From Alison Leigh:
I didn’t grow up dreaming that one day I would be …. the Editorial Director of the World Congress of Science Producers. No such thing existed. Now it does and like the best things in life – it evolved.
I emigrated to Sydney from the UK in 1988 – bicentennial year; fully expecting my on-screen career as a BBC TV and radio reporter /presenter to continue to flourish here. Wrong. I was “too old” and “too English”. Yikes! What to do? Try my hand at producing? My current affairs credentials landed me the job of Producer, Media Watch, with the task of getting series one to air. Next thing I know after that baptism of fire, I’m being courted by the Executive Producer of “Quantum”- to be the Series Producer – i.e. day to day manager of that show. Saying yes to that job changed my life – and my focus.
For several years I was Series Producer and then Executive Producer of the ABC TV Science Unit. This gave me the privilege of being closely involved in the development, production and commissioning of dozens of science TV programs in addition to Quantum: Hot Chips, What’s your poison?, The Future Eaters to name a few. I was also closely involved in the development of major initiatives that have enhanced the celebration and understanding of science in Australia such as National Science Week and of course, our very own ASC – I was a founding member. We were a small group then and now look how far we’ve come.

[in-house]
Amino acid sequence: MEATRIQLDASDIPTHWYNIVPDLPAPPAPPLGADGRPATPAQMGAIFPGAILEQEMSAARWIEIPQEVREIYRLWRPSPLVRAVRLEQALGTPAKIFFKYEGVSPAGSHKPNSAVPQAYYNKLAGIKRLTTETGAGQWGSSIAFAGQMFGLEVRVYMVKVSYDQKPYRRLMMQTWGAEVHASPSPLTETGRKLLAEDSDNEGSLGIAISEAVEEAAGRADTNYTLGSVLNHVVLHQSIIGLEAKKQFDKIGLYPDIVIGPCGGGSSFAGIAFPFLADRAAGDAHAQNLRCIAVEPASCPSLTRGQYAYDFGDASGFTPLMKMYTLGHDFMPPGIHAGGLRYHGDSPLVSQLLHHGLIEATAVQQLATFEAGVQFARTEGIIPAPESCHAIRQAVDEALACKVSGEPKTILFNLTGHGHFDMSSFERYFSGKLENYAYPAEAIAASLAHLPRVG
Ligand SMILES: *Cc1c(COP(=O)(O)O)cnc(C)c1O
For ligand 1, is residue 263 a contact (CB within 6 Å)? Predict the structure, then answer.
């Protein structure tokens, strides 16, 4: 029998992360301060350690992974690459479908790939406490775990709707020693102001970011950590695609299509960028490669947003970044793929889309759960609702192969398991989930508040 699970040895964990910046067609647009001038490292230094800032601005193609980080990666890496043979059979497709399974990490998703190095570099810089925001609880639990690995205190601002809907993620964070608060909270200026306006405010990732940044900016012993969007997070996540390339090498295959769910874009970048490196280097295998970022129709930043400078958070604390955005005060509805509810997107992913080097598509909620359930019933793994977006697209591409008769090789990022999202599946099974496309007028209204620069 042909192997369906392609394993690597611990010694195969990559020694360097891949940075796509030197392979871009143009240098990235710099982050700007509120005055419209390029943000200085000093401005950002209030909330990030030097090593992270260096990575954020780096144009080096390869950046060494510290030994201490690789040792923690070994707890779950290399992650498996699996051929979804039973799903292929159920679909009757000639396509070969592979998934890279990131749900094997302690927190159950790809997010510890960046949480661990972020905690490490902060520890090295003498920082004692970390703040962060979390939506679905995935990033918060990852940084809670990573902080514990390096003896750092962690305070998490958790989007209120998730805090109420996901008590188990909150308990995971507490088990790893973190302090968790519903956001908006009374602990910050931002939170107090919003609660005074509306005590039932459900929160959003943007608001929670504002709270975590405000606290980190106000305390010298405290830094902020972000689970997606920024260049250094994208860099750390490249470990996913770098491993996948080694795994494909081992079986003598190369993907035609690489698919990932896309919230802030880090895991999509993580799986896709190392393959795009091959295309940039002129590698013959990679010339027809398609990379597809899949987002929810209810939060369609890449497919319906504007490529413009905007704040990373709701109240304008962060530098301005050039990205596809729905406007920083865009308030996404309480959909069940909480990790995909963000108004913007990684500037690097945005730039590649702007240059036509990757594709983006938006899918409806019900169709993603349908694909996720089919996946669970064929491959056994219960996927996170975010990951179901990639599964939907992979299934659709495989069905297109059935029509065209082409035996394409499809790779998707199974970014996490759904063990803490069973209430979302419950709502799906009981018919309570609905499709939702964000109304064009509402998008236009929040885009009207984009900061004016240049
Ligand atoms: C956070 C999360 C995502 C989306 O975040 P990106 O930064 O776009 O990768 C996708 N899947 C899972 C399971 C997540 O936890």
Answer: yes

As Executive Producer of the ABC TV Science Unit, I used to represent the ABC at a small somewhat chaotic annual get together of science producers and broadcasters hosted each year by one or other public broadcaster somewhere in the world.
My great good fortune is that just as I left the ABC in 1998 to go freelance, the science broadcasters decided that their annual get together, or congress as it was now called, should become a professional conference. In 1999, they asked me to be the programmer of the event, the role I’ve held ever since.
The World Congress has grown into a unique forum of presentations and discussions, where television producers and executives from all over the world come back year after year to catch up with world trends in science and factual programming, to talk passionately about program-making, and to be inspired. The convivial and informal atmosphere creates lasting friendships which lead to binding business relationships and co-production partnerships, and the all important deals to be made down the track.
It’s not a full time job: in addition to my Congress commitments, I freelance as a science and health writer when the project interests me enough. Everything from scripts for TV series and documentaries to health articles for magazines and most recently I co-authored the book “Eight steps to happiness” to accompany the ABC TV series “Making Australia Happy”.
But it is my dream job. Fancy being paid to watch science films and science television, to keep abreast of innovative and exciting trends in the industry, to keep in touch with some of the smartest most creative people on the planet and even to travel to exotic places to meet them all face to face. Can’t be bad. Yet if it hadn’t been for some racist and ageist attitudes way back when, it might never have happened!